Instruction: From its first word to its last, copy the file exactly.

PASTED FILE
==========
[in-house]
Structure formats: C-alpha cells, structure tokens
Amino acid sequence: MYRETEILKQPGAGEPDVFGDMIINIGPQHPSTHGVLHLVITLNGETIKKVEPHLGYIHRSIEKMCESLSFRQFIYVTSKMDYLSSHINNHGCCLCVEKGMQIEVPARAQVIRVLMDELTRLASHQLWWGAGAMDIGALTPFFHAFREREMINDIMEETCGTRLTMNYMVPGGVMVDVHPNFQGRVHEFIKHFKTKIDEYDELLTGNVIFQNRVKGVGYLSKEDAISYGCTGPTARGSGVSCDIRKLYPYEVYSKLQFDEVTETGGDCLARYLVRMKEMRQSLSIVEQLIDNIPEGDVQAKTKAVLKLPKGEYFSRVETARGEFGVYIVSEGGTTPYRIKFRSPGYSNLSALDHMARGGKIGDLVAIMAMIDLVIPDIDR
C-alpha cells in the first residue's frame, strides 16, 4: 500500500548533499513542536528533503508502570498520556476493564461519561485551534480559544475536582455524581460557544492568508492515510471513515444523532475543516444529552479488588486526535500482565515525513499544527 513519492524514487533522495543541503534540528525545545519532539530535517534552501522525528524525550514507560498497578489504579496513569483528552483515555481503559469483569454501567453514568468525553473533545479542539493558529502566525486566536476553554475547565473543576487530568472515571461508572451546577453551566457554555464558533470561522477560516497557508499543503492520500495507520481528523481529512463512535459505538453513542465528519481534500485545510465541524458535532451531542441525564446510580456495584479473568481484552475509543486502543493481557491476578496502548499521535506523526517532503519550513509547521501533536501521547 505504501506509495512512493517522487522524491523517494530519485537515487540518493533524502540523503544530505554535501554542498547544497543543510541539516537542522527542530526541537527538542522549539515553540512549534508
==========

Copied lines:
[in-house]
Structure formats: C-alpha cells, structure tokens
Amino acid sequence: MYRETEILKQPGAGEPDVFGDMIINIGPQHPSTHGVLHLVITLNGETIKKVEPHLGYIHRSIEKMCESLSFRQFIYVTSKMDYLSSHINNHGCCLCVEKGMQIEVPARAQVIRVLMDELTRLASHQLWWGAGAMDIGALTPFFHAFREREMINDIMEETCGTRLTMNYMVPGGVMVDVHPNFQGRVHEFIKHFKTKIDEYDELLTGNVIFQNRVKGVGYLSKEDAISYGCTGPTARGSGVSCDIRKLYPYEVYSKLQFDEVTETGGDCLARYLVRMKEMRQSLSIVEQLIDNIPEGDVQAKTKAVLKLPKGEYFSRVETARGEFGVYIVSEGGTTPYRIKFRSPGYSNLSALDHMARGGKIGDLVAIMAMIDLVIPDIDR
C-alpha cells in the first residue's frame, strides 16, 4: 500500500548533499513542536528533503508502570498520556476493564461519561485551534480559544475536582455524581460557544492568508492515510471513515444523532475543516444529552479488588486526535500482565515525513499544527 513519492524514487533522495543541503534540528525545545519532539530535517534552501522525528524525550514507560498497578489504579496513569483528552483515555481503559469483569454501567453514568468525553473533545479542539493558529502566525486566536476553554475547565473543576487530568472515571461508572451546577453551566457554555464558533470561522477560516497557508499543503492520500495507520481528523481529512463512535459505538453513542465528519481534500485545510465541524458535532451531542441525564446510580456495584479473568481484552475509543486502543493481557491476578496502548499521535506523526517532503519550513509547521501533536501521547 505504501506509495512512493517522487522524491523517494530519485537515487540518493533524502540523503544530505554535501554542498547544497543543510541539516537542522527542530526541537527538542522549539515553540512549534508